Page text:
Live Review: Sierra Hull & Rachel Baiman @ Celtic Connections

On a freezing January evening there is nothing more restoring to the soul and the spirit than a night of brilliant music, courtesy of the wonderful Celtic Connections festival. Returning to Glasgow after many covid postponements Sierra Hull and Rachel Baiman brought the best of Nashville musicianship to Scottish shores and were greeted warmly by a sold-out and appreciative crowd of folk music lovers.

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Album Review: Miko Marks & the Resurrectors – Feel Like Going Home

Miko Marks’s last release ‘Our Country’ was a welcome return for an artist who had suffered setbacks in her country music career, never finding the opportunities or success her talent deserved. That album was a classic mix of country, soul and gospel influences showcasing an artist who had renewed hope for a late career resurrection.

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Album Review: S.G. Goodman – Teeth Marks

S.G. Goodman was born and raised in Kentucky, a place which burns through her voice and her words. But her music isn’t of the mountains and the wide open countryside, it’s in the grime of these places, the claustrophobia, the endless emptiness of the void. Emotional pain and destruction thrives in these darkened backwaters, quiet hope trying to find a way to appear among the rolling clouds.

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Book Review: ‘Maybe We’ll Make It’ by Margo Price

Margo Price’s debut album ‘Mid-West Farmer’s Daughter’ told the story of a harrowing, hard-fought struggle to make it in the music industry, exploring grief, marriage, poverty, addiction, prison and the desperation of depression.

That story is recounted in her stunning new memoir ‘Maybe We’ll Make It’, an unflinching and unapologetic manifesto of personal and artistic freedom.

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Album Recommendation: Caitlin Rose – Cazimi

Reading the recent Guardian interview with Caitlin Rose was revealing, but not in the way you might expect. Here was an artist refusing to share her trauma or explain the personal reasons for the nine year gap between records. In an online world where oversharing is normalised (and monetised) the statement: I don’t think artists owe their stories, I think they owe music is radical and refreshing.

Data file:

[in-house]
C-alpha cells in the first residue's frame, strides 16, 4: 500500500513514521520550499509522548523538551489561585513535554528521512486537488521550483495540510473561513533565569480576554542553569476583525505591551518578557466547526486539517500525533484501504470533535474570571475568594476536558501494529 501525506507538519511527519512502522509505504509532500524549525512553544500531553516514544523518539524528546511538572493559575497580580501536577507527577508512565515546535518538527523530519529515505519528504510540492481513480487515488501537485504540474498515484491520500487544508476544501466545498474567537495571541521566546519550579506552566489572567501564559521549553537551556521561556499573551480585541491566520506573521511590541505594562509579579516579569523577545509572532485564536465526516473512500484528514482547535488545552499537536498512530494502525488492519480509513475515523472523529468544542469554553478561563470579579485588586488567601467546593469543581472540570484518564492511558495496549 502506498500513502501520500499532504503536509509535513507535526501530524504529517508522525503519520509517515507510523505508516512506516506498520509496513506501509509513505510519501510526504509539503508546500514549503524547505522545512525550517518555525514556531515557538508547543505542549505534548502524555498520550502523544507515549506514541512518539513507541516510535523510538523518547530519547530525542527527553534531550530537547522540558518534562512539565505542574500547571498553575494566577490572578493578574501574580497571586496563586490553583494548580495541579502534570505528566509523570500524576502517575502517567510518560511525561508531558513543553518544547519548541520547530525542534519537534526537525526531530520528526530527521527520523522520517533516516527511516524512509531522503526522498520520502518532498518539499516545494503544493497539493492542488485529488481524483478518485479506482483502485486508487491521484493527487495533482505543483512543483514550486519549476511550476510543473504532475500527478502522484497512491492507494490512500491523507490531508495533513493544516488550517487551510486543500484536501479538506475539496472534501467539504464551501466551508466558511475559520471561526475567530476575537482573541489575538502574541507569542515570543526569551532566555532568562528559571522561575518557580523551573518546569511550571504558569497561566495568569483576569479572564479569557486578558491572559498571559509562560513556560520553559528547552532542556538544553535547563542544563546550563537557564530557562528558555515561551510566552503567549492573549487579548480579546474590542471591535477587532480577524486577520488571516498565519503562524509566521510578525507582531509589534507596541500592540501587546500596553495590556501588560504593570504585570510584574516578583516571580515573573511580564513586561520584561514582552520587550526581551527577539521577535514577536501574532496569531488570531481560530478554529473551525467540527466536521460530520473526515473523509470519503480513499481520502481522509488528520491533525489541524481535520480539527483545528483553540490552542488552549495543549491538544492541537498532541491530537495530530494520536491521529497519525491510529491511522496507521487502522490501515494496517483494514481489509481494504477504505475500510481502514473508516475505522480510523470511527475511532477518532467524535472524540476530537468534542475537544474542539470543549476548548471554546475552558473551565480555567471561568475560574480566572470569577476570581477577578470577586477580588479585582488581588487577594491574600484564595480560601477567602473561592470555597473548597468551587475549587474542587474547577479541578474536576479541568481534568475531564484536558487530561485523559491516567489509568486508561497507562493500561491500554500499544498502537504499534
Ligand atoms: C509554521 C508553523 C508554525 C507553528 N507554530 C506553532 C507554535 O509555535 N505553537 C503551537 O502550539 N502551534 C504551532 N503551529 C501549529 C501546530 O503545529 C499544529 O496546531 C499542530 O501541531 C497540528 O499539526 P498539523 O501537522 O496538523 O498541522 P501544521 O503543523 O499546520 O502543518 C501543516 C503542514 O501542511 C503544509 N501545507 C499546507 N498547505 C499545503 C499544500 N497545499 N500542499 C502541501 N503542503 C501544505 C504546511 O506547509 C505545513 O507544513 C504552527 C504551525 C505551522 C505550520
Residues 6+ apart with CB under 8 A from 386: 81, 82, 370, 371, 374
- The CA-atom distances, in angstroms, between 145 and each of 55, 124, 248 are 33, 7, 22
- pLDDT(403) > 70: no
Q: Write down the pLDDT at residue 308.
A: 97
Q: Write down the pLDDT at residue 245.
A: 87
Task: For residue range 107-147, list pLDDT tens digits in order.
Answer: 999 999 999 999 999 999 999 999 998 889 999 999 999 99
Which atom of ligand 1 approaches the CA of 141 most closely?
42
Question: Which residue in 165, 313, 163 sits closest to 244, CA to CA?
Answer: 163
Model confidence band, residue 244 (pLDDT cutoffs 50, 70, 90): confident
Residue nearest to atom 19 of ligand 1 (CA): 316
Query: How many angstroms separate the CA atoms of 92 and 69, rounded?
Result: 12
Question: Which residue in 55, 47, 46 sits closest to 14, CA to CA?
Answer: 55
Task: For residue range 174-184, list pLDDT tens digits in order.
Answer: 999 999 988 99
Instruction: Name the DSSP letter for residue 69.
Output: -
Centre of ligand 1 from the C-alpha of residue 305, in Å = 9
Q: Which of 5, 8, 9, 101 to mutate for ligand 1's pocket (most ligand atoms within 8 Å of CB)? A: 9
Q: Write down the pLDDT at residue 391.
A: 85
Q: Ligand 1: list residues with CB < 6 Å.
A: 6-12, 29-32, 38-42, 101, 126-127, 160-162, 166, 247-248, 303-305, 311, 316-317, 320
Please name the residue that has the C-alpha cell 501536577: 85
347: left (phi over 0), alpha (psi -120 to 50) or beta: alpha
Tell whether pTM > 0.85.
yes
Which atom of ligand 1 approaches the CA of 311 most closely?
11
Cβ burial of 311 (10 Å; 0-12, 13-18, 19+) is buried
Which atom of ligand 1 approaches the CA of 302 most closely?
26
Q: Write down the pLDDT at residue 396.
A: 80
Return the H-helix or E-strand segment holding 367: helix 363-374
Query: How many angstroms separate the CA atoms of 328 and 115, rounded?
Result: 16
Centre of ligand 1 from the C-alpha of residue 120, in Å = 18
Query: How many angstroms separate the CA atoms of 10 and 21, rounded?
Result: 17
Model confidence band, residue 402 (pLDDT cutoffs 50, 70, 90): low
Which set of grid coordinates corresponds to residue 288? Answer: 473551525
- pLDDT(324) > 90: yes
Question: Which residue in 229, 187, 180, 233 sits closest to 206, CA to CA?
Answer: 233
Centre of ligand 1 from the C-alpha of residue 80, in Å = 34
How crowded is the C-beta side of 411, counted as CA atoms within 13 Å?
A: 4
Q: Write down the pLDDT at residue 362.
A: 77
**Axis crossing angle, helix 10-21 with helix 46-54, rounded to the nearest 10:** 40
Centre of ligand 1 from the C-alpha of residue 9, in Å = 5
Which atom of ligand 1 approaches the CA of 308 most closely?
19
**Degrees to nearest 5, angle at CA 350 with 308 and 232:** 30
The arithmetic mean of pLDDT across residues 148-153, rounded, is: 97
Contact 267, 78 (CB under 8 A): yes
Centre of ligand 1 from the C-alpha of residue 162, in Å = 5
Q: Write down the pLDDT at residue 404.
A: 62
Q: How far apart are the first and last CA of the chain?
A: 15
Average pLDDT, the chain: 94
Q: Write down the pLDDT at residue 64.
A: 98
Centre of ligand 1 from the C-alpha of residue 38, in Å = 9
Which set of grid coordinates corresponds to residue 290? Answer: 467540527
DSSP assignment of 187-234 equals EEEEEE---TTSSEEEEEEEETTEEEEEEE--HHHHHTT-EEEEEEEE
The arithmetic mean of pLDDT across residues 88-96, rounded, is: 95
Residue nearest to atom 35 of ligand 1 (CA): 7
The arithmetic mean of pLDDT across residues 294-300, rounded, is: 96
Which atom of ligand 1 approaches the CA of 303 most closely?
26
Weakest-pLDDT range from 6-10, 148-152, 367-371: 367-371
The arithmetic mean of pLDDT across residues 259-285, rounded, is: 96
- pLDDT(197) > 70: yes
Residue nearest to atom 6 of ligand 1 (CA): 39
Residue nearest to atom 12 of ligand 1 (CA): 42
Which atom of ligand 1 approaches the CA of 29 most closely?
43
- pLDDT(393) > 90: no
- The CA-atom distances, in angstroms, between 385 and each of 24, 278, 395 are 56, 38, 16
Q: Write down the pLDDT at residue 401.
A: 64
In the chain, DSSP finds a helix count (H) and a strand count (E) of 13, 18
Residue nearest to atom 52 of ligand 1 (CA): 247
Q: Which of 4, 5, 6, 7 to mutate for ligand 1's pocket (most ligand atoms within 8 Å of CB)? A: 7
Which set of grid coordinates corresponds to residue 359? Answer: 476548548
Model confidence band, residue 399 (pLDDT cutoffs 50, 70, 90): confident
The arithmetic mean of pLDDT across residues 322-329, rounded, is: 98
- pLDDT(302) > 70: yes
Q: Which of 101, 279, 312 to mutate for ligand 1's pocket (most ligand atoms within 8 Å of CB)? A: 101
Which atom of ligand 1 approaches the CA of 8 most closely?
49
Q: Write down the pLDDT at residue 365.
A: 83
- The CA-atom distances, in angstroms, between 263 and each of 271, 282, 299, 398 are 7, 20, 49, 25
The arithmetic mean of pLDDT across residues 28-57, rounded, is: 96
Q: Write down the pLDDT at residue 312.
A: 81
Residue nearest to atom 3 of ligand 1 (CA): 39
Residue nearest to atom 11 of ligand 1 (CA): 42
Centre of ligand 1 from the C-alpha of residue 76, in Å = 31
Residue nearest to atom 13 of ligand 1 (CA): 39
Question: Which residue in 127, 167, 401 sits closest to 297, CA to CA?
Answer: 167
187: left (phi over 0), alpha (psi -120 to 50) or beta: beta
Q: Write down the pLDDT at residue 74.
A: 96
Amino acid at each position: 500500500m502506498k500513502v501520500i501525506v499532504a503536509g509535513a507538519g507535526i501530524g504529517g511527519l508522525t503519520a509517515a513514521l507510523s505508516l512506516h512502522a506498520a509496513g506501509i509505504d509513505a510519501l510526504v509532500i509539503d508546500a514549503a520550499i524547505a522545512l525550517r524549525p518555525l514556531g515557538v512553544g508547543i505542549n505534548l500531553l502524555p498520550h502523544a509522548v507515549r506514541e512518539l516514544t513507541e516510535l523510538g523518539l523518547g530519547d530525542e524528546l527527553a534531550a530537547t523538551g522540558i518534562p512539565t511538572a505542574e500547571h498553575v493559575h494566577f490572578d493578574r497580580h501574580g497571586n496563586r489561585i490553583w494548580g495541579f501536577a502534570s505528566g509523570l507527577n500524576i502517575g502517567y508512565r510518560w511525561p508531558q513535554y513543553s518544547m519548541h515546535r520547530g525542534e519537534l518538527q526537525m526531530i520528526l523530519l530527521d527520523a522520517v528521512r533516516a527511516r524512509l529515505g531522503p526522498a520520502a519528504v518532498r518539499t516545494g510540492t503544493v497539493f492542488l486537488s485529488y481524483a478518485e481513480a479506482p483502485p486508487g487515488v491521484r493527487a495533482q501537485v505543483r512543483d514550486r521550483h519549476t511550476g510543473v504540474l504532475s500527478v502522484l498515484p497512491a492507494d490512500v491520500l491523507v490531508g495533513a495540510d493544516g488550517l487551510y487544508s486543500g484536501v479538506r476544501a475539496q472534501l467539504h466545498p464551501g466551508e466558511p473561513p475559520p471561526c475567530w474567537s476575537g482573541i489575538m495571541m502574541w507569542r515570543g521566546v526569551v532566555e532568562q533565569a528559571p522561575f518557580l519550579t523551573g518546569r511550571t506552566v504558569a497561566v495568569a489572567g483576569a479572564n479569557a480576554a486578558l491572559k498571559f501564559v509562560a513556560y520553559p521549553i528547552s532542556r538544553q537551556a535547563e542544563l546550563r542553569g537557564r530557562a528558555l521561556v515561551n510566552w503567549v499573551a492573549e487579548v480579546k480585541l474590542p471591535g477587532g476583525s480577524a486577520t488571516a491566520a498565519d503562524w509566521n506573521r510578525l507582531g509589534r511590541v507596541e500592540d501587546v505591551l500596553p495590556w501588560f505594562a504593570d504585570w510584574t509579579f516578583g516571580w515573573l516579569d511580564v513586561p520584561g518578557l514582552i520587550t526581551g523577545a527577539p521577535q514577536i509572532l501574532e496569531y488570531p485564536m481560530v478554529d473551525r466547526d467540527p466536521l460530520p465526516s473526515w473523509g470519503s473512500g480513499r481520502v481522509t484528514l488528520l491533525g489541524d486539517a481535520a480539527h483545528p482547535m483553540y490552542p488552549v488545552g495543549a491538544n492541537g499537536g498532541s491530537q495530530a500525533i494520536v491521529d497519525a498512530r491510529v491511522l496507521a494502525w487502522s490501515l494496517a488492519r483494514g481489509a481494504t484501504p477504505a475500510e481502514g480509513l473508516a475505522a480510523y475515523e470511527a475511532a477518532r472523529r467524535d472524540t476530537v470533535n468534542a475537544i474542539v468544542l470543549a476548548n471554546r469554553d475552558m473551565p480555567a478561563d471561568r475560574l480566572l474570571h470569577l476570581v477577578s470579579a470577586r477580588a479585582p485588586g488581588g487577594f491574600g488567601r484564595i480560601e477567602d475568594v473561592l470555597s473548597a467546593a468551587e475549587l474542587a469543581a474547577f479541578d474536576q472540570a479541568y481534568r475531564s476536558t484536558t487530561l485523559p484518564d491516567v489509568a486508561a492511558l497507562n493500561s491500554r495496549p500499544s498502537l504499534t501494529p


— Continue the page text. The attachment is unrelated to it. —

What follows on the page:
What Caitlin did share was that she has felt ‘stuck’ in her career. You can imagine then, how hard it must be to come back after a long time away. Seeing the endless, constant success of others paraded on social media can only add more doubt. Stasis is no surprise.

To break out Caitlin did something simple: she gave herself permission to stay in her ‘comfort zone’, connecting with friends who made her want to enjoy music again rather than aiming for something radically different. Old fans will recognise this artist immediately, with Cazimi reminding us what made her such an engaging voice in the first place.

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Album Review – Courtney Marie Andrews – Loose Future

Since starting this blog in 2017 Courtney Marie Andrews has released three studio albums, establishing herself as one of the most prolific women solo artists of the moment. Each album has been searching, both inwardly and outwardly for a better, more honest life. Musically too she has explored the darkness and the light, touching the edges of genres and influences, weaving her stories into melodies that feel effortless and essential.

Some fans may be worried that this level of productivity suggests she is stuck in the hamster wheel of the music industry content churn (with the consequent inevitable burnout). Luckily for us listeners Loose Future feels more like an exhale. The album is perhaps less sonically ambitious than ‘May Your Kindness Remain’ or emotionally fraught as ‘Old Flowers’ but that well…looseness…feels freeing and refreshing.

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Album Review: Nikki Lane – Denim and Diamonds

‘Making a record with Nikki Lane saved my life. Her songs about life, love, loss and just plain picking yourself up to go for another round in the ring…helped me do the same,’ Josh Homme declared on Instagram last week, a sentiment which honours the power of the Highway Queen herself and also references the trouble he’s been in lately. Truly I know how he feels, since I started this blog five years ago during a particularly low point in my life, after being inspired by Nikki’s spirit, attitude and musical style.

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Album Review: Amy Ray – If It All Goes South

At the Americana awards in Nashville this week the Indigo Girls were recognised with the Spirit of Americana/ Free Speech in music award for lifetime achievement as songwriters and activists. Brandi Carlile introduced the award by describing the duo as ‘heroes who are still paving the way…for the people and of the people.’

Amy accepted the award with a speech echoing the sentiment Joan Baez once expressed to her: ‘I’m not going to pass my torch to anyone…I’m going to hang on to it and help others light theirs. We all need to keep that flame of social justice alive.’ It was a powerful statement of continued intent from a duo who have quietly blazed a trail for LGBT musicians for decades.

Amy embraces her Americana roots on this excellent solo album, working with an array of friends and collaborators who understand the power of community. Written during the pandemic, If It All Goes South offers solace and hope for turbulent times.

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